The Truth About Apple Cider Vinegar

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A lot of claims have been made about apple cider vinegar, but let's get down to the facts. Can apple cider vinegar clean food and surfaces? Yes. It has antimicrobial properties and could get rid of germs and lower salmonella on food, but it isn't a disinfectant, so don't throw out your regular cleaning products.

Can it help you lose weight? Probably not. Your best bets are still diet and exercise, but one study showed that apple cider vinegar can lower your appetite a little bit, which could help your overall plan.

Can it help blood sugar? Yes. A study showed after eating a meal the people who had apple cider vinegar significantly lowered their blood sugar levels. That could help people with diabetes. Of course, blood sugar that's too low isn't good either, so keep that in mind.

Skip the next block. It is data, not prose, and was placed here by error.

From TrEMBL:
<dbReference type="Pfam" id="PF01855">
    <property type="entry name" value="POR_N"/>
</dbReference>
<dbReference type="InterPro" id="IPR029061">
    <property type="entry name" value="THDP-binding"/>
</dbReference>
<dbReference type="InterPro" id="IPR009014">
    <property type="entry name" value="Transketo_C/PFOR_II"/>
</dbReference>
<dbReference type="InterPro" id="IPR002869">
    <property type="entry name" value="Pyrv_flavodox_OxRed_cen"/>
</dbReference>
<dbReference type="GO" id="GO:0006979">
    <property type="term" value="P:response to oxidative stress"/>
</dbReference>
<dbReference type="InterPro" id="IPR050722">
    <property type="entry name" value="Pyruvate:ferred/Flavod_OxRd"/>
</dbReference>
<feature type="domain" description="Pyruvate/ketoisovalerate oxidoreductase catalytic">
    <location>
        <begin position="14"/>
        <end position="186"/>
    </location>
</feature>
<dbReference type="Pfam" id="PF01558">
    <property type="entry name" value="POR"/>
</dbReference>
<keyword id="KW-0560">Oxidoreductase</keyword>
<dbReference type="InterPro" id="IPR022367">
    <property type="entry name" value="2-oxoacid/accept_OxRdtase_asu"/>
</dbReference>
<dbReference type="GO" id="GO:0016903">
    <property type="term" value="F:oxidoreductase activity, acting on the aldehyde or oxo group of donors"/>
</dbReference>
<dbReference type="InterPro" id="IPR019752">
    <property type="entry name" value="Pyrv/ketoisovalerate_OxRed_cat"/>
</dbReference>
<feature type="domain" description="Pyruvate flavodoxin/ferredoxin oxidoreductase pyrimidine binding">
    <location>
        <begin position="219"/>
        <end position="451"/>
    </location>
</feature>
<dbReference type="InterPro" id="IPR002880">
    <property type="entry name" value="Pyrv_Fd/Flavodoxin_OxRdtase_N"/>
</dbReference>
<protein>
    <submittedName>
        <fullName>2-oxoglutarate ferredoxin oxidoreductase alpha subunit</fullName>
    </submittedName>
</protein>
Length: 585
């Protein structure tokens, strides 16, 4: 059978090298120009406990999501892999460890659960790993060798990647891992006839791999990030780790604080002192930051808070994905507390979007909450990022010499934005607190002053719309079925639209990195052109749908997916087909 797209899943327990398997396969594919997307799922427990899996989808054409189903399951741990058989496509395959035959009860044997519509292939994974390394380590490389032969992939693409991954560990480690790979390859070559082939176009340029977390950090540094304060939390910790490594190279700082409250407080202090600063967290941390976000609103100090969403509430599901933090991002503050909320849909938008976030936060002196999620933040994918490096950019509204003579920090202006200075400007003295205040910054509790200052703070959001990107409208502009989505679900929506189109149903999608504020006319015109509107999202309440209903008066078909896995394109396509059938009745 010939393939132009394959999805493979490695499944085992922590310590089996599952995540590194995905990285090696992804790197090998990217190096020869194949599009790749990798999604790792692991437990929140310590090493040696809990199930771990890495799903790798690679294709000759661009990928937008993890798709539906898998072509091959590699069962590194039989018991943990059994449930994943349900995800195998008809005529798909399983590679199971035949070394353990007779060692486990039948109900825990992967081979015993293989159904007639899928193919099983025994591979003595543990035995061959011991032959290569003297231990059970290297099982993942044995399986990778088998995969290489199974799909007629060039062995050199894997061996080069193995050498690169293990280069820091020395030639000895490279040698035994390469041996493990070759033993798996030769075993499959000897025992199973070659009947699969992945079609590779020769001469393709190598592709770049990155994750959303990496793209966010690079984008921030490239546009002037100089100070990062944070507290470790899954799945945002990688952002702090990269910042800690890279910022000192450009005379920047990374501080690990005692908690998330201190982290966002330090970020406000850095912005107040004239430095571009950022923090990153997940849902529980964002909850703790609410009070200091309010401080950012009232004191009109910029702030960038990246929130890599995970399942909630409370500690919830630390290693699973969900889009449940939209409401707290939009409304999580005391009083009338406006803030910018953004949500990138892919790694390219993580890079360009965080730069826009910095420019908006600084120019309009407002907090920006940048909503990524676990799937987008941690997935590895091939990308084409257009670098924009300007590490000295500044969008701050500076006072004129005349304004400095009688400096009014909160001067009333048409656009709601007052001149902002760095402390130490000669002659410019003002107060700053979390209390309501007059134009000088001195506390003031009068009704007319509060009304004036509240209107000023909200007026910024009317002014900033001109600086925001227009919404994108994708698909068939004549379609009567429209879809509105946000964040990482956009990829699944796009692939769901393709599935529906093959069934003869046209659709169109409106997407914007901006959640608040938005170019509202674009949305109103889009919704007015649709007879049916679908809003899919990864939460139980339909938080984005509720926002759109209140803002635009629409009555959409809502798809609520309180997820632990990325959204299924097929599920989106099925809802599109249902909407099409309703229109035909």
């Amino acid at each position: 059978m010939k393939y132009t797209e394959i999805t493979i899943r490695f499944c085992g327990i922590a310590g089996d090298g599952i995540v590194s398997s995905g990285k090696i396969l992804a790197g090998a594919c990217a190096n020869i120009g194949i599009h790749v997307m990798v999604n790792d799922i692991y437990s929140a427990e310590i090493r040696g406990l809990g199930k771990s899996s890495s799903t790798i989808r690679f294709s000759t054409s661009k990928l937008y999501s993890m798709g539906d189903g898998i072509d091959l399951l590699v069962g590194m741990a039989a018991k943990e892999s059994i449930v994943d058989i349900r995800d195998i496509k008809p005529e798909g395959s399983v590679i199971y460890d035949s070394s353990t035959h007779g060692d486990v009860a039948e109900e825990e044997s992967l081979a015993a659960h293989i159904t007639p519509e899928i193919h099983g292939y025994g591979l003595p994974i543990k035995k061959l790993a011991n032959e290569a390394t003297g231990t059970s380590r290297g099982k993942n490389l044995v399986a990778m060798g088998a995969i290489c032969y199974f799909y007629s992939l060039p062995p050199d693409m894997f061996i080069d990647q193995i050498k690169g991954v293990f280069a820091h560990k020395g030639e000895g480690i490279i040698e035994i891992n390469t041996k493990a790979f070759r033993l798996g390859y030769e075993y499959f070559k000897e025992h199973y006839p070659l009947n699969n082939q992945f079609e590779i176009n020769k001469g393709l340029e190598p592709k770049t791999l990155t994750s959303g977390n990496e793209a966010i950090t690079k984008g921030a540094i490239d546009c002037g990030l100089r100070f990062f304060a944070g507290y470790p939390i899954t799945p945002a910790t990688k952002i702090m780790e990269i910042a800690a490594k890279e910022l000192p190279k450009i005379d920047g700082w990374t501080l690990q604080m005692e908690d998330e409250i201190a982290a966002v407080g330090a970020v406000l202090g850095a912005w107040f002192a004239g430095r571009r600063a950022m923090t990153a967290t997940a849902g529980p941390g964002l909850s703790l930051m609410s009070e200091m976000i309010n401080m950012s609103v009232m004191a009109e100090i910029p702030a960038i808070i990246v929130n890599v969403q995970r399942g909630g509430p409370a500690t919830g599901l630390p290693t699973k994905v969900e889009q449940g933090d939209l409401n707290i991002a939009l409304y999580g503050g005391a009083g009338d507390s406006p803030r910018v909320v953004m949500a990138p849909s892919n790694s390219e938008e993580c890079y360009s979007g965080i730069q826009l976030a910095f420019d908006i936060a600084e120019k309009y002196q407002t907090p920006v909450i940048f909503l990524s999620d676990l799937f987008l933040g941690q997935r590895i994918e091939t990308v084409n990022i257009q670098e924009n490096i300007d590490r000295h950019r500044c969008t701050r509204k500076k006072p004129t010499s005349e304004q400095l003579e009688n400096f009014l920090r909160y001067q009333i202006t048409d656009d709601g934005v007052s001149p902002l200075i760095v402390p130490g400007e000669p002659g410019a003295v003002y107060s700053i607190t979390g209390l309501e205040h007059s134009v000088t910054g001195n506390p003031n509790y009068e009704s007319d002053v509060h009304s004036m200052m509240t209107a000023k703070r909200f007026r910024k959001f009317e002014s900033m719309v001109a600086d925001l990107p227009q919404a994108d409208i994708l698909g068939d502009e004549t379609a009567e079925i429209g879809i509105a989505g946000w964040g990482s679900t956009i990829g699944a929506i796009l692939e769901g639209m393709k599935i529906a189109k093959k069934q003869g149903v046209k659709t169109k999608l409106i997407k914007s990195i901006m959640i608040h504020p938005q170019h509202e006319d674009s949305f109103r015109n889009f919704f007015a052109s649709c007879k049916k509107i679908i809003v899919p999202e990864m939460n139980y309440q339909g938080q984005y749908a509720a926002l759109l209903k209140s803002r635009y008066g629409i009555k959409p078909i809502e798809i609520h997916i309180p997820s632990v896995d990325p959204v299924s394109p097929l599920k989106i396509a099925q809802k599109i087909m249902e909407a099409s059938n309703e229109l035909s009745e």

Should I drink it or rinse my mouth with it? No. Drinking apple cider vinegar by itself can erode your tooth enamel. Try using it as a dressing on salad instead. If you're going to drink some as a part of your diet, dissolve it in liquid and only take 1 to 2 tablespoons a day.

Can it cure cancer or other illnesses? No. While apple cider vinegar has some healthy properties, it's not a miracle drug. Plus, taking too much could give you acid reflux or hurt your kidneys. Adding it to your diet could be helpful, but don't get your expectations too high.